Dominic Thiem Roland Garros 2020

Dominic Thiem supports Hawk-Eye at Roland Garros after Shapovalov and Ruud incidents

Clamour has grown for the introduction of Hawk-Eye at Roland Garros, with many players including Dominic Thiem demanding that the technology be implemented after controversial incidents involving Denis Shapovalov and Casper Ruud. 

The French Open is the only Grand Slam that fails to endorse the Hawk-Eye tracking system, with the organisers adamant that the umpires can make decisions based on ball imprints on the red clay without the use of technology.

Denis Shapovalov’s third-round match against Roberto Carballés Baena became a catalyst for this debate, after a ball, which looked to have landed outside of the line, was called in by umpire, which denied the Canadian two match points on serve in the fifth-set.

Shapovalov went on to lose the match 7-5 6-7(5) 6-3 3-6 8-6 and reacted angrily to his defeat on Twitter with a screenshot showing the ball landing outside the line, captioned “When will we have Hawk-Eye on clay?”.

Dominic Thiem has also expressed his support for Hawk-Eye at the French Open after his third-round victory against Casper Ruud was disrupted by a couple of controversial calls from the umpire.

“I would support 100% Hawk-Eye on clay, because at the match from Denis against Roberto yesterday there was a mistake, and then today in my match there was a mistake in my favour actually,” the US Open Champion revealed.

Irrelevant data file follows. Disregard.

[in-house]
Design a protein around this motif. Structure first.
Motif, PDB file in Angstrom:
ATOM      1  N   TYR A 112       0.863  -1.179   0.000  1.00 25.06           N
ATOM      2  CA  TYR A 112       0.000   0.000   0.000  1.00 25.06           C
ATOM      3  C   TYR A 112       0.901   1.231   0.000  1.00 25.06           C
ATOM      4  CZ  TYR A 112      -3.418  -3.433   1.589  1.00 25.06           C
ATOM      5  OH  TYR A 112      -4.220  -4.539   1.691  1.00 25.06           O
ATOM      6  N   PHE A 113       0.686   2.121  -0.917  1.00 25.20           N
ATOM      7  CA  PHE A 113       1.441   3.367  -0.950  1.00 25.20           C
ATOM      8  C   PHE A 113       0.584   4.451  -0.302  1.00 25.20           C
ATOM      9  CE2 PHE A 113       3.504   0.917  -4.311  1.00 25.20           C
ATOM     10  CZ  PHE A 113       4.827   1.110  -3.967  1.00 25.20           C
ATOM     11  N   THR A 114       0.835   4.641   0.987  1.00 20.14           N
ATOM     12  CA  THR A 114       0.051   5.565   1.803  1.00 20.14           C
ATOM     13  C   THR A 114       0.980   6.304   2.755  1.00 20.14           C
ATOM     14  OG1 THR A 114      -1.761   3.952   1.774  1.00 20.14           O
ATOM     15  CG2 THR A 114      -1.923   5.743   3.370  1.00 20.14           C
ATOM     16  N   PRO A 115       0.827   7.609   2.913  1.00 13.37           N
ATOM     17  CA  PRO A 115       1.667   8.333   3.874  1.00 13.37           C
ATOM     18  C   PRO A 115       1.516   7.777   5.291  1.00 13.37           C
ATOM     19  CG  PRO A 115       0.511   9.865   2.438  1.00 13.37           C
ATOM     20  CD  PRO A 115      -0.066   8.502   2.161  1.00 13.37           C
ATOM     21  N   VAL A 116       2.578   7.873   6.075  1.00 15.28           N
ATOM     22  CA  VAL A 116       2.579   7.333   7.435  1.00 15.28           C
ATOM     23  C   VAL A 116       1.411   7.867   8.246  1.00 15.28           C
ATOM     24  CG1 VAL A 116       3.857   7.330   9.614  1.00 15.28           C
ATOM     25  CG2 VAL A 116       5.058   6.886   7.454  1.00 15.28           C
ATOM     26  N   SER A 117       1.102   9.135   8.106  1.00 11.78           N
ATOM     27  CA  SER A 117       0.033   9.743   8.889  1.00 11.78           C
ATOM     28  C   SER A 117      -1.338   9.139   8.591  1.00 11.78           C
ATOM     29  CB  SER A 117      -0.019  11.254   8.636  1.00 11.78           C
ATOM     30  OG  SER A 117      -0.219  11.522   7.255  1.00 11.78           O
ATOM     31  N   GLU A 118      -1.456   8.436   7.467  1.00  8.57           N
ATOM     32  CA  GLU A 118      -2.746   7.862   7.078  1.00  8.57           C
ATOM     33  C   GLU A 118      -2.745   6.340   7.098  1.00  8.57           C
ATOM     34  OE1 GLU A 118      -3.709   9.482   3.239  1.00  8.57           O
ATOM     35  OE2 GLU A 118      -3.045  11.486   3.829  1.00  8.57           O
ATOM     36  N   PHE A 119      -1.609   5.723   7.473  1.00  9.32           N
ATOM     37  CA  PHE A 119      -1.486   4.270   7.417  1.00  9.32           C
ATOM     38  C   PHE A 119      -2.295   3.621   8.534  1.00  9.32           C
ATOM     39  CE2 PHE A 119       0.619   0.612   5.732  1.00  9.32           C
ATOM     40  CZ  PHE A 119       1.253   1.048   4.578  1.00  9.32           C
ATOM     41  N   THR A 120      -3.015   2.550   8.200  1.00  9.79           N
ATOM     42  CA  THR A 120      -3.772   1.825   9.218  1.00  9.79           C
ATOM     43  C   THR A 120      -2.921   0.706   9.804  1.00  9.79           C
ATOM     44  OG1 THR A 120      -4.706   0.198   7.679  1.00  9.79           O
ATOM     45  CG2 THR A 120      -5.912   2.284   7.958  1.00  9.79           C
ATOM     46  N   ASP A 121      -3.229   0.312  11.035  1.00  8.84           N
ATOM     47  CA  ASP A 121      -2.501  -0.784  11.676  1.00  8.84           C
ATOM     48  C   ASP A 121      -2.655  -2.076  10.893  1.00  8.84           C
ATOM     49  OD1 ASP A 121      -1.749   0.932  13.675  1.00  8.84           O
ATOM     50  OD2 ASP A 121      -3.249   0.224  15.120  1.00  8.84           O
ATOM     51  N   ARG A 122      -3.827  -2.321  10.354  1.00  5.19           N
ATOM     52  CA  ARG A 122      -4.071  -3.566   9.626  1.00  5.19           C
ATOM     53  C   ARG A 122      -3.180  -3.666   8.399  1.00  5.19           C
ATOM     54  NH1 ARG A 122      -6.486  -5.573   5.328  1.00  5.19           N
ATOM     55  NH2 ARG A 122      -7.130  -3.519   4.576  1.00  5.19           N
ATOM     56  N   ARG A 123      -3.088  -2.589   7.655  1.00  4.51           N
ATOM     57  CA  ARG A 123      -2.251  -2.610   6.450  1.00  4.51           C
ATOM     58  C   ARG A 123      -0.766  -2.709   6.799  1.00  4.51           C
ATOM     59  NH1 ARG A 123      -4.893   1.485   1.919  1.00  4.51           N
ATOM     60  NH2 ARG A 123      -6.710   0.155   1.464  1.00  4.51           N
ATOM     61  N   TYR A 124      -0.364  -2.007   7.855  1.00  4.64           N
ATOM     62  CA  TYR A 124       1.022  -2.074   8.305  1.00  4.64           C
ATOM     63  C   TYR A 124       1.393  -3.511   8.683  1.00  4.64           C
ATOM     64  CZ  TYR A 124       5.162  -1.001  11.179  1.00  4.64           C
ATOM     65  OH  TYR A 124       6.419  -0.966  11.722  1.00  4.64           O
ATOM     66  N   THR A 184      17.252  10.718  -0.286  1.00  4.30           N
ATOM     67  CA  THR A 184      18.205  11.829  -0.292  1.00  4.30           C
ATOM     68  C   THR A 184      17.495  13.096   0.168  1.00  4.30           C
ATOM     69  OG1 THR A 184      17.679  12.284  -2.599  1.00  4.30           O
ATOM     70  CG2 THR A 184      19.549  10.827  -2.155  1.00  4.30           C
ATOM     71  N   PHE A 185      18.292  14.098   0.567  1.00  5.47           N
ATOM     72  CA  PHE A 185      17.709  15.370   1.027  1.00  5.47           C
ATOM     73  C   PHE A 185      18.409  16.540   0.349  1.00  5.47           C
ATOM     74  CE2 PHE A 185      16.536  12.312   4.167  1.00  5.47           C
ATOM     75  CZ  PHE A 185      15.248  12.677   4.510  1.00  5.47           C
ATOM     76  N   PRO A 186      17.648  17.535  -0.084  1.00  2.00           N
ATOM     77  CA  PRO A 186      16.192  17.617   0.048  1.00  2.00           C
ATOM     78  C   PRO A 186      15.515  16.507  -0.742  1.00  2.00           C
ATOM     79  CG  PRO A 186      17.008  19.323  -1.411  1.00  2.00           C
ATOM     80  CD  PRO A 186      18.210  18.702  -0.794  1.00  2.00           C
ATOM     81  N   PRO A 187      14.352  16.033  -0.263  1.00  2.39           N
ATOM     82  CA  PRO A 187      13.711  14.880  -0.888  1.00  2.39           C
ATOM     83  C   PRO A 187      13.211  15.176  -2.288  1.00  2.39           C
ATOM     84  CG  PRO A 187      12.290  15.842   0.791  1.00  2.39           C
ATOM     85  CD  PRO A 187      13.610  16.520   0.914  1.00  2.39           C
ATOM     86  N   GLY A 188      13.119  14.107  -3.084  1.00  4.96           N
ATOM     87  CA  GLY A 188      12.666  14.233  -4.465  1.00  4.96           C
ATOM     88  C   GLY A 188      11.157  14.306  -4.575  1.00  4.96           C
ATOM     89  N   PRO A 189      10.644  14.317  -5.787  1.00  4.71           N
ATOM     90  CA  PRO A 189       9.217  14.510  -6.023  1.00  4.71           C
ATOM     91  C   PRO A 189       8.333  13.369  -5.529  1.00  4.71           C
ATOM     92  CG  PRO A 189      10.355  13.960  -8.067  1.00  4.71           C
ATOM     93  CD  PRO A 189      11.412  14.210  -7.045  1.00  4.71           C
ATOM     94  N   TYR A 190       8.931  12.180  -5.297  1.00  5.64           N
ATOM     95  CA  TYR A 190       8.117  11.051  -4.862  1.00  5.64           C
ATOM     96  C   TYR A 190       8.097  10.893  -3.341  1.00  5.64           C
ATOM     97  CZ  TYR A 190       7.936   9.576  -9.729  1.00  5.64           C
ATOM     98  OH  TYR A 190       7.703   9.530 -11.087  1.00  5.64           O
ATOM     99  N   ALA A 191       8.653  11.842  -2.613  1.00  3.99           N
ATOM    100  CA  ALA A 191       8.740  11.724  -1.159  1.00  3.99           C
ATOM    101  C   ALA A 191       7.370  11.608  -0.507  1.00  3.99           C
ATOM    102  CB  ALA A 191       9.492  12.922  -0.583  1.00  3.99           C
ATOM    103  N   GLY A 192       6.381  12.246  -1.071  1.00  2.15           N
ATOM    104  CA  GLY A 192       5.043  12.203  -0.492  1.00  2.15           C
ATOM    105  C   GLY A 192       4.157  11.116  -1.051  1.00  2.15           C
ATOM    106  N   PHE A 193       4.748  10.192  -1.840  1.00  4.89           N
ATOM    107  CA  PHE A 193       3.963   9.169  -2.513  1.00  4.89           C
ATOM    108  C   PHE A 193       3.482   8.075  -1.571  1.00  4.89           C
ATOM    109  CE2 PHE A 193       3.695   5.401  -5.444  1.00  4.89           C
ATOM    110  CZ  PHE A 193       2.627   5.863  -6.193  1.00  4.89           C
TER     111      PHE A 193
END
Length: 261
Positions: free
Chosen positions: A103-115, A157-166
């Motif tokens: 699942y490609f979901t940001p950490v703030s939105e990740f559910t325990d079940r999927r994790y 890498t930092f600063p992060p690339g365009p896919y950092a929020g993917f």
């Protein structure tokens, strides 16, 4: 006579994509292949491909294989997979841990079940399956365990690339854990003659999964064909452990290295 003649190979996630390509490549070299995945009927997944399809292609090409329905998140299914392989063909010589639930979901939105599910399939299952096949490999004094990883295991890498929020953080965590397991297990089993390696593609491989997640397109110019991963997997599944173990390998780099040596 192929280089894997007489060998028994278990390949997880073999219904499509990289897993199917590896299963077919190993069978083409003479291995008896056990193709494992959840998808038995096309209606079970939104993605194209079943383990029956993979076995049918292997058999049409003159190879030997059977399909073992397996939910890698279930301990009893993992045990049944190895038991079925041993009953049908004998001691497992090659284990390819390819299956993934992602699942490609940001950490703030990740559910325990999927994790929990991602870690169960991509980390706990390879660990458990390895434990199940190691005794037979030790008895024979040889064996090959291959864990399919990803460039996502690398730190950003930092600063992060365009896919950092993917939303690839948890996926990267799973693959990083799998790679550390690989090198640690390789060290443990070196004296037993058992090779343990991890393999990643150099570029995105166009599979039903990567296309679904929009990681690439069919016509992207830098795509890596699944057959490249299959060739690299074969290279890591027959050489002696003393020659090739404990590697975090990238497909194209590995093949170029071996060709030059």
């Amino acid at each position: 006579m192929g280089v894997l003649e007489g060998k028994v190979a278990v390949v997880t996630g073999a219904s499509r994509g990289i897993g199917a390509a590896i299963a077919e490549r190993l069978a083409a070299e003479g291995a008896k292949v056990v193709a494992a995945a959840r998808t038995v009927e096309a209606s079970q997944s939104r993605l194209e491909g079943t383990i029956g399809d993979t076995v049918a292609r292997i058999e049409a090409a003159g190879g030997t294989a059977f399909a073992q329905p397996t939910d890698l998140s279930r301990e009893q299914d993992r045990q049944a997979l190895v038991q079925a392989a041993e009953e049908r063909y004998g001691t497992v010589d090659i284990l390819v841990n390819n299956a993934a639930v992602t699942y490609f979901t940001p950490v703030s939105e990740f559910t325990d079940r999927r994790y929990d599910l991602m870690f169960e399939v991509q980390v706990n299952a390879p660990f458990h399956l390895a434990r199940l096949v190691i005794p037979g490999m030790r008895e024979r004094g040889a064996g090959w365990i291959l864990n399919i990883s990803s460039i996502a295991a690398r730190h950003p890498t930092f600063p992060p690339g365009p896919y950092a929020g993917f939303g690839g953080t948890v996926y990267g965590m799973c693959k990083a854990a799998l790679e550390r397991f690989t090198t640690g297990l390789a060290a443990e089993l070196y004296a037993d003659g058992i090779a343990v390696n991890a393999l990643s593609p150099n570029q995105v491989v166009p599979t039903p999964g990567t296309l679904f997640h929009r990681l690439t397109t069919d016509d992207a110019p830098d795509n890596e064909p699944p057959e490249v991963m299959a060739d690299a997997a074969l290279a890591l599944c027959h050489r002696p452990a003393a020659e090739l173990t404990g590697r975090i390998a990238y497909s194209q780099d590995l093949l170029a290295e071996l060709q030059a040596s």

“Casper showed me the mark on his phone after the match. It’s not the umpire’s mistake, because sometimes you just cannot see the mark. It’s too difficult, especially after the set break, because they clean the court, they brush the lines”.

Stefanos Tsitsipas also agreed that the Hawk-Eye technology is more reliable: “I think it’s time for Hawk-Eye on clay. I don’t understand why they haven’t proceeded”, said the World No 6.

“But if technology allows us to do far beyond more things that current knowledge allows us, I do believe they should implement that into tennis. Doesn’t really matter the surface”.

Tim Farthing, Tennishead Editorial Director & Owner, has been a huge tennis fan his whole life. He's a tennis journalist and entrepreneur as well as playing tennis to a national standard. He also helps manage his local club and volunteers for his local tennis organisation. He's a specialist in content about the administration of professional tennis and tennis coaching for all levels.